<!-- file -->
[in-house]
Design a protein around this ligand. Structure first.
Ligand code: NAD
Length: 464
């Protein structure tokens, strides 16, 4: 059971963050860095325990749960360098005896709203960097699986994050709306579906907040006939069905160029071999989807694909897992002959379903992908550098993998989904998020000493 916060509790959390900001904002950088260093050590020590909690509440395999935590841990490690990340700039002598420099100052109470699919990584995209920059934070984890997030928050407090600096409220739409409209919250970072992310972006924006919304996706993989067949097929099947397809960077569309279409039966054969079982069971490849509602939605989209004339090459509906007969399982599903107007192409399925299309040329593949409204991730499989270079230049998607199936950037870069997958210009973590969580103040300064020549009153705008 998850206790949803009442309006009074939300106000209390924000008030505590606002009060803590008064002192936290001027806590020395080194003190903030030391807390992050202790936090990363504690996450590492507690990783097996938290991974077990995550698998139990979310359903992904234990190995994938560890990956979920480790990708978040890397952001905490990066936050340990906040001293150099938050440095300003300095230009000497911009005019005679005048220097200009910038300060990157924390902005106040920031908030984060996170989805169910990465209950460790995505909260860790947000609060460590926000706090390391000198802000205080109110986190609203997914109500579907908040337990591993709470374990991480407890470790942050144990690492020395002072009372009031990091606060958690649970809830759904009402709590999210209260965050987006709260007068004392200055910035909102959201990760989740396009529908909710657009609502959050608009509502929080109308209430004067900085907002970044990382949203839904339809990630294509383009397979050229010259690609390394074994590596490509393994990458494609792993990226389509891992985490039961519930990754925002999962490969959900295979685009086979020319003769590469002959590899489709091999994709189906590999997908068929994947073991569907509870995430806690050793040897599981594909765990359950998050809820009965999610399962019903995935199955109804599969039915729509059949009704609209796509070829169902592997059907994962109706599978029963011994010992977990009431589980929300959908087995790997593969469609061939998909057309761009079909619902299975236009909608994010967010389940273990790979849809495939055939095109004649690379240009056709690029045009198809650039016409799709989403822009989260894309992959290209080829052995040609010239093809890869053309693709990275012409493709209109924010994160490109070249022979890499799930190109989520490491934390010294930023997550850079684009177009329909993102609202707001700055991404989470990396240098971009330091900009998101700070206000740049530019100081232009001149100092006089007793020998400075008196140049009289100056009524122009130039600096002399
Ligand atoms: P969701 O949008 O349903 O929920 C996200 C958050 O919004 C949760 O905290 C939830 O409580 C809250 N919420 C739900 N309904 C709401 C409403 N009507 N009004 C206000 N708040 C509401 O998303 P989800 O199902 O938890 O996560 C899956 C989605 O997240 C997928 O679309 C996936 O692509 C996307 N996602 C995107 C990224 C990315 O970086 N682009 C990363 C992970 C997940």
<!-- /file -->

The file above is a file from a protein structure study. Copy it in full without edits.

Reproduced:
[in-house]
Design a protein around this ligand. Structure first.
Ligand code: NAD
Length: 464
């Protein structure tokens, strides 16, 4: 059971963050860095325990749960360098005896709203960097699986994050709306579906907040006939069905160029071999989807694909897992002959379903992908550098993998989904998020000493 916060509790959390900001904002950088260093050590020590909690509440395999935590841990490690990340700039002598420099100052109470699919990584995209920059934070984890997030928050407090600096409220739409409209919250970072992310972006924006919304996706993989067949097929099947397809960077569309279409039966054969079982069971490849509602939605989209004339090459509906007969399982599903107007192409399925299309040329593949409204991730499989270079230049998607199936950037870069997958210009973590969580103040300064020549009153705008 998850206790949803009442309006009074939300106000209390924000008030505590606002009060803590008064002192936290001027806590020395080194003190903030030391807390992050202790936090990363504690996450590492507690990783097996938290991974077990995550698998139990979310359903992904234990190995994938560890990956979920480790990708978040890397952001905490990066936050340990906040001293150099938050440095300003300095230009000497911009005019005679005048220097200009910038300060990157924390902005106040920031908030984060996170989805169910990465209950460790995505909260860790947000609060460590926000706090390391000198802000205080109110986190609203997914109500579907908040337990591993709470374990991480407890470790942050144990690492020395002072009372009031990091606060958690649970809830759904009402709590999210209260965050987006709260007068004392200055910035909102959201990760989740396009529908909710657009609502959050608009509502929080109308209430004067900085907002970044990382949203839904339809990630294509383009397979050229010259690609390394074994590596490509393994990458494609792993990226389509891992985490039961519930990754925002999962490969959900295979685009086979020319003769590469002959590899489709091999994709189906590999997908068929994947073991569907509870995430806690050793040897599981594909765990359950998050809820009965999610399962019903995935199955109804599969039915729509059949009704609209796509070829169902592997059907994962109706599978029963011994010992977990009431589980929300959908087995790997593969469609061939998909057309761009079909619902299975236009909608994010967010389940273990790979849809495939055939095109004649690379240009056709690029045009198809650039016409799709989403822009989260894309992959290209080829052995040609010239093809890869053309693709990275012409493709209109924010994160490109070249022979890499799930190109989520490491934390010294930023997550850079684009177009329909993102609202707001700055991404989470990396240098971009330091900009998101700070206000740049530019100081232009001149100092006089007793020998400075008196140049009289100056009524122009130039600096002399
Ligand atoms: P969701 O949008 O349903 O929920 C996200 C958050 O919004 C949760 O905290 C939830 O409580 C809250 N919420 C739900 N309904 C709401 C409403 N009507 N009004 C206000 N708040 C509401 O998303 P989800 O199902 O938890 O996560 C899956 C989605 O997240 C997928 O679309 C996936 O692509 C996307 N996602 C995107 C990224 C990315 O970086 N682009 C990363 C992970 C997940």